Brioche Buns

burg

Is it weird that I was too lazy to physically go get hamburger buns, but had no problem making them from scratch? No, I didn’t think so. I can shrug this seemingly out-of-wack priority because everyone has their limits.

brioch

gnarldo

Some people will travel to the ends of the earth for their will-not-be-named-crack-laced coffee. Others will travel across the city (ironically) just to get the best deal on vegetables. To me, these seem a bit crazy; obsessive even. The same may be said about my bread making. It technically would have taken me less time and effort to get store bought buns, even fresh bakery buns; but I didn’t bake them. I know exactly what’s in this batch, I also can make one just a liiiiittle bit bigger for myself. I also really love making bread.

dough1

rise

Once you get the hang of it and once you wrap your head around what makes successful bread, (honestly) it’s really hard to want to buy bread ever again. There is something so magical, almost indescribable when it comes to making your own bread.

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cookbuns

Some may think it’s blasphemous to plop a beef blob a top my pillowy bun bed, but then again, I made 8; I can afford to use it as merely a meat vessel this time. Even still, I could taste the yeast, (the time) and the sugar distinctly. I could taste the butter, feel the chewy, eggy-brioche-famous texture; and that’s definitely worth something.

Brioche Buns

From Smitten Kitchen

Makes 8 4 to 5-inch burger buns

  • 3 tablespoons warm milk
  • 2 teaspoons active dry yeast
  • 2 1/2 tablespoons sugar
  • 2 large eggs
  • 3 cups bread flour
  • 1/3 cup all-purpose flour
  • 1 1/2 teaspoons salt
  • 2 1/2 tablespoons unsalted butter, softened
  • Sesame seeds (optional)

1. In a glass measuring cup, combine one cup warm water, the milk, yeast and sugar. Let stand until foamy, about five minutes. Meanwhile, beat one egg. **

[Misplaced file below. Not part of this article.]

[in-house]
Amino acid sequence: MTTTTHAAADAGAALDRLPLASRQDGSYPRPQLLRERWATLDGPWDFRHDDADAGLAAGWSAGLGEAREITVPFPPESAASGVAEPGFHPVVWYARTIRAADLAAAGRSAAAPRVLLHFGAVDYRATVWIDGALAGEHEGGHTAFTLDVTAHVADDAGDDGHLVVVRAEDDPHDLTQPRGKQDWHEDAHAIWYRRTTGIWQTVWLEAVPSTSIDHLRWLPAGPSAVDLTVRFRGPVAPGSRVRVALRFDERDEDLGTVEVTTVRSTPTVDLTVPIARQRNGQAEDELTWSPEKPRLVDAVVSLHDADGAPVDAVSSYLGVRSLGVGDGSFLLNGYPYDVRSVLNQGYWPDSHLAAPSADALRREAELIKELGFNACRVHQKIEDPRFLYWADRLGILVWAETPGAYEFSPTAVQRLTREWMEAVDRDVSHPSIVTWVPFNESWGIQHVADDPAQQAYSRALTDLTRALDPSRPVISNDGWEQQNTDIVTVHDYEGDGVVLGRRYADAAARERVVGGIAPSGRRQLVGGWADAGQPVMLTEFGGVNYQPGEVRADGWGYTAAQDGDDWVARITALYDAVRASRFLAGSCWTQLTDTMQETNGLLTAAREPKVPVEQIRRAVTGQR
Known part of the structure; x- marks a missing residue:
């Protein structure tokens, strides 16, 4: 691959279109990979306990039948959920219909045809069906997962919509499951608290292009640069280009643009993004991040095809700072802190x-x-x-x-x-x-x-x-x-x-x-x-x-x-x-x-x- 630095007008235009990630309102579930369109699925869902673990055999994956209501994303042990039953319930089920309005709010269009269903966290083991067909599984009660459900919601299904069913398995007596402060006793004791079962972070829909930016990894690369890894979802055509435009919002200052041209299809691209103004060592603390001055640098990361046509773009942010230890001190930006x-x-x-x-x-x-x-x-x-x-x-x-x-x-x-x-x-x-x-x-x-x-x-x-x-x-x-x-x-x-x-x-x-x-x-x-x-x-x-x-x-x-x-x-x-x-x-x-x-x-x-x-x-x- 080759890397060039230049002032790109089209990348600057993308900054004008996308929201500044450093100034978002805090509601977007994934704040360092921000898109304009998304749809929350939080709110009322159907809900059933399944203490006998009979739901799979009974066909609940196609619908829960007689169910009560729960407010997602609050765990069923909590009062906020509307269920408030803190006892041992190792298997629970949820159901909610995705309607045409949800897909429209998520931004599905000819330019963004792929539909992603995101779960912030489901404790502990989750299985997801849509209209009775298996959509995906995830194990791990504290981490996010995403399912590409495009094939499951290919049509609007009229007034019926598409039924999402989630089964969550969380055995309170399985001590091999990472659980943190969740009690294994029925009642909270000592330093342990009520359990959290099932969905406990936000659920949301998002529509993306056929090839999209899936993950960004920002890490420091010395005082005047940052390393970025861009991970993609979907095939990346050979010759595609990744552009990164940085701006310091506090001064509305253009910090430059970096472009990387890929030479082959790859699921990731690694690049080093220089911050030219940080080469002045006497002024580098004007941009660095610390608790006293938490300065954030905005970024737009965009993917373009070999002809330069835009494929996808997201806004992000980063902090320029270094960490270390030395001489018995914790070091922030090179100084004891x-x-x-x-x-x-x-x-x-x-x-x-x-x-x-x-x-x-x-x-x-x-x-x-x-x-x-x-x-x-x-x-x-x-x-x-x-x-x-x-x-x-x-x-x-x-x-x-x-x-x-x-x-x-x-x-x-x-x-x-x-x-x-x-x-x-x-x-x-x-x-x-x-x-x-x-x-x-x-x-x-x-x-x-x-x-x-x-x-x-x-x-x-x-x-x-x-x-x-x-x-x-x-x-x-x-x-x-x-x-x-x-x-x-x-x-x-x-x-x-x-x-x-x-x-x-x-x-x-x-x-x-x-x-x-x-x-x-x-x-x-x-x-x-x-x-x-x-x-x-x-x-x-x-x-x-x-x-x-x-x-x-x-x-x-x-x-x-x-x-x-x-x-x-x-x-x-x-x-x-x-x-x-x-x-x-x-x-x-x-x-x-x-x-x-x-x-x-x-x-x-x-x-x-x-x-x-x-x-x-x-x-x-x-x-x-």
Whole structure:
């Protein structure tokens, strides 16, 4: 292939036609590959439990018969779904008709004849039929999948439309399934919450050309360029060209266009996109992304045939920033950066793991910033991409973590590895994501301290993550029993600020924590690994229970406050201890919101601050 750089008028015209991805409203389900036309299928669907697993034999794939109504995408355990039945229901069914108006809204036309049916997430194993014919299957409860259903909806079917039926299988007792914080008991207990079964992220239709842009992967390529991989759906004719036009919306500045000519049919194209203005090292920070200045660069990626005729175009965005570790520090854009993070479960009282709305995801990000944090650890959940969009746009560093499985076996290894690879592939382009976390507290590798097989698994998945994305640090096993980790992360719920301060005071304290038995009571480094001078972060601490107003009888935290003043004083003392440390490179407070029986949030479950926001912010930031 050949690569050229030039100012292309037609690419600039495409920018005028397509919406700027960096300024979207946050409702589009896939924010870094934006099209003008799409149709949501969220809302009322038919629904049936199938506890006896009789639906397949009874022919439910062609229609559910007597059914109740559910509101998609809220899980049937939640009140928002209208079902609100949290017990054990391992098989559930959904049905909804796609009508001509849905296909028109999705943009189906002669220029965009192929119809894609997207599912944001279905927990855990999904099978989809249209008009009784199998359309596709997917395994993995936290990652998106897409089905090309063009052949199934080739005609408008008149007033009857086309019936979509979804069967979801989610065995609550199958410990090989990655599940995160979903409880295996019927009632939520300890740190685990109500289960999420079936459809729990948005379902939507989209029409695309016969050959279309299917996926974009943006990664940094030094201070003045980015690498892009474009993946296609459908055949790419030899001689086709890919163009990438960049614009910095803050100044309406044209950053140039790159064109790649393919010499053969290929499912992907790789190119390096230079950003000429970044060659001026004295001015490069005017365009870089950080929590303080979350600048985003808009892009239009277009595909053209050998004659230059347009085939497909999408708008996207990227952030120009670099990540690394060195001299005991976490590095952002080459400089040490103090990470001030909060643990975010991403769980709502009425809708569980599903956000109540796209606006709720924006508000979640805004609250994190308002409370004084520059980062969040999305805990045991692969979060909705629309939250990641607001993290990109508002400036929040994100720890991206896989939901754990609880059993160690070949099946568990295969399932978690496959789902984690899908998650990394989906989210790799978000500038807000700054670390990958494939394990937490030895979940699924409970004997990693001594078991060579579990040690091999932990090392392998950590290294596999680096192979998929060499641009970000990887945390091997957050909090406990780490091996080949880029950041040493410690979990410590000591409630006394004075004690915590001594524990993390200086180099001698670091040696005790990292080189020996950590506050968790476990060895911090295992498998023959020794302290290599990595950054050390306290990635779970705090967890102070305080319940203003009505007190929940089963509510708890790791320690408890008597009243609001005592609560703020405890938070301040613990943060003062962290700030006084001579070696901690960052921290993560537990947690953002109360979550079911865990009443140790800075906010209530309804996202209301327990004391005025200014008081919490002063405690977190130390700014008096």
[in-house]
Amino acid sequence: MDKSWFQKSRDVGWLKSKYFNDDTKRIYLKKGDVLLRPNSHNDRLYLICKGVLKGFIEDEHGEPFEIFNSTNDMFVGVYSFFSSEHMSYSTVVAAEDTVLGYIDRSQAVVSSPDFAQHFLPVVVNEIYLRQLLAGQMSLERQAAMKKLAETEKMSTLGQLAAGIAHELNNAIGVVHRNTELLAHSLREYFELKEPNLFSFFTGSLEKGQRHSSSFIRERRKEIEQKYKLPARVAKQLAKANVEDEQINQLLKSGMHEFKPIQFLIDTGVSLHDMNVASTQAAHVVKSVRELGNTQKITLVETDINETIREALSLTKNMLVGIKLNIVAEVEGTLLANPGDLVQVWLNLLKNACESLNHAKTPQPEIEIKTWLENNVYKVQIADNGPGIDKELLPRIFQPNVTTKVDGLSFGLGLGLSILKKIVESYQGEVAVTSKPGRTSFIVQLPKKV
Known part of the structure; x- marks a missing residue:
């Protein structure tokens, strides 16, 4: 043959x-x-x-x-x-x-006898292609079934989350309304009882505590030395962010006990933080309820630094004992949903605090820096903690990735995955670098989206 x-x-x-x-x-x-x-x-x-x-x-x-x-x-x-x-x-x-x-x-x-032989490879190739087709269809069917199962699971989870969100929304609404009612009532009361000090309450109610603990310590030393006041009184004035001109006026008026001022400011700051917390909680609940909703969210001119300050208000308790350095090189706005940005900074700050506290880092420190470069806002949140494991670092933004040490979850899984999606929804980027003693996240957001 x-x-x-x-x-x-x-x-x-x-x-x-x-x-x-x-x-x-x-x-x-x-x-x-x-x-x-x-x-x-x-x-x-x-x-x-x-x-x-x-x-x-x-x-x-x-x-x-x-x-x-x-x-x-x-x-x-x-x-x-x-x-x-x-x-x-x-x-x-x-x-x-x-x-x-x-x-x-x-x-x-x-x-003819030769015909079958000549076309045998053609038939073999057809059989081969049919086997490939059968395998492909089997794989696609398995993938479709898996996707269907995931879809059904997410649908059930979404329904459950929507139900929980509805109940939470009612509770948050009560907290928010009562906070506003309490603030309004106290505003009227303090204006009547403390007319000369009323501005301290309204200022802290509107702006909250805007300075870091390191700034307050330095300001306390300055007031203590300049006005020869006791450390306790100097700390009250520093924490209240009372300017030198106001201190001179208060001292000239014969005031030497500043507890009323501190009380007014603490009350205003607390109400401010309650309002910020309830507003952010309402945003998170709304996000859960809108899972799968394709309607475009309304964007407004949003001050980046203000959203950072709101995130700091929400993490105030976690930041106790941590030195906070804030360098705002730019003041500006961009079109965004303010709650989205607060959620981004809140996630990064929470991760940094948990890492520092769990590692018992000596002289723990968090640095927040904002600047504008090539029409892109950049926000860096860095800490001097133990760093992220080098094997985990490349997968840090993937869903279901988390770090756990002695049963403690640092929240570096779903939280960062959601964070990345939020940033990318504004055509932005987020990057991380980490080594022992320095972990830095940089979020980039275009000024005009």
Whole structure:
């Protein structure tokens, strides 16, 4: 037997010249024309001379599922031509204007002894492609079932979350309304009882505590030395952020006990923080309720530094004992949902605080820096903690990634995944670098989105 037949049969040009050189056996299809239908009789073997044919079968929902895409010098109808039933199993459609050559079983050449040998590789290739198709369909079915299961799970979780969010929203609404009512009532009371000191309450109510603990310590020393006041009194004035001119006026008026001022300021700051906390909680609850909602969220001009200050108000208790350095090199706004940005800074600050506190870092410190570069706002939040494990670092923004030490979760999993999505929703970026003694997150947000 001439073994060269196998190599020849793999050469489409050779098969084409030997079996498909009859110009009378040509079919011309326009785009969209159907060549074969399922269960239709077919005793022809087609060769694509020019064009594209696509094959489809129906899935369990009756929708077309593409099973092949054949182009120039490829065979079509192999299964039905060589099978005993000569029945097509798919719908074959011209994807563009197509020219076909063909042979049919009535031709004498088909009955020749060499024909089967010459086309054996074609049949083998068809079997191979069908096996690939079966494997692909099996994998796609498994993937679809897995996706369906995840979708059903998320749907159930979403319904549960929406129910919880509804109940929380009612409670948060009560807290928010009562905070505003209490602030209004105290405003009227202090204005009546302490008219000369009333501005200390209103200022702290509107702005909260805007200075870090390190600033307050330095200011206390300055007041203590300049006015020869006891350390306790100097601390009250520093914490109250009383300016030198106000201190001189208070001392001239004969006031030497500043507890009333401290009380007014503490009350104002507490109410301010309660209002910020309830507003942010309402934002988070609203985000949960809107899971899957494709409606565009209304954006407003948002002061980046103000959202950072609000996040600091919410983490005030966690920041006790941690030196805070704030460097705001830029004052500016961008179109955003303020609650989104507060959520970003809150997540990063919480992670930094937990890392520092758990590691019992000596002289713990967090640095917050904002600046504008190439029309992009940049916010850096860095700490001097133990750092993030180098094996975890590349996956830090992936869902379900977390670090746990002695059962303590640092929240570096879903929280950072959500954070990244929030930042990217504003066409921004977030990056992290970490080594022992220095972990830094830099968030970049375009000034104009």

2. In a large bowl, whisk flours with salt. Add butter and rub into flour between your fingers, making crumbs. Using a dough scraper, stir in yeast mixture and beaten egg until a dough forms. Scrape dough onto clean, well-floured counter and knead, scooping dough up, slapping it on counter and turning it, until smooth and elastic, 8 to 10 minutes. The dough will be on the sticky side so it can be a bit messy, but keep in mind that the more flour you knead in, the tougher the buns will get. Try to leave them tackier than you would a round loaf.

3. Shape dough into a ball and return it to bowl. Cover bowl with plastic wrap and let rise in a warm place until doubled in bulk, one to two hours. (In my freaky, warm apartment this only took an hour.)

4. Line a baking sheet with parchment paper. Using dough scraper, divide dough into 8 equal parts. Gently roll each into a ball and arrange two to three inches apart on baking sheet. Cover loosely with a piece of plastic wrap lightly coated in nonstick spray and let buns rise in a warm place for one to two hours. (Again, this only took one hour in my apartment and I suspect, you’ll also only need an hour for a second rise.)

5. Set a large shallow pan of water on oven floor. Preheat oven to 400 degrees with rack in center. Beat remaining egg with one tablespoon water and brush some on top of buns. Sprinkle with sesame seeds, if using. Bake, turning sheet halfway through baking, until tops are golden brown, about 15 minutes. Transfer to a rack to cool completely.

**So I accidentally beat in 2 eggs (over-zealous me, making bread-cue me dancing around with flour on my face) and I don’t think it made a difference. I don’t suggest doing this, follow the recipe! But if you do make the same mistake, it won’t ruin the buns by any means

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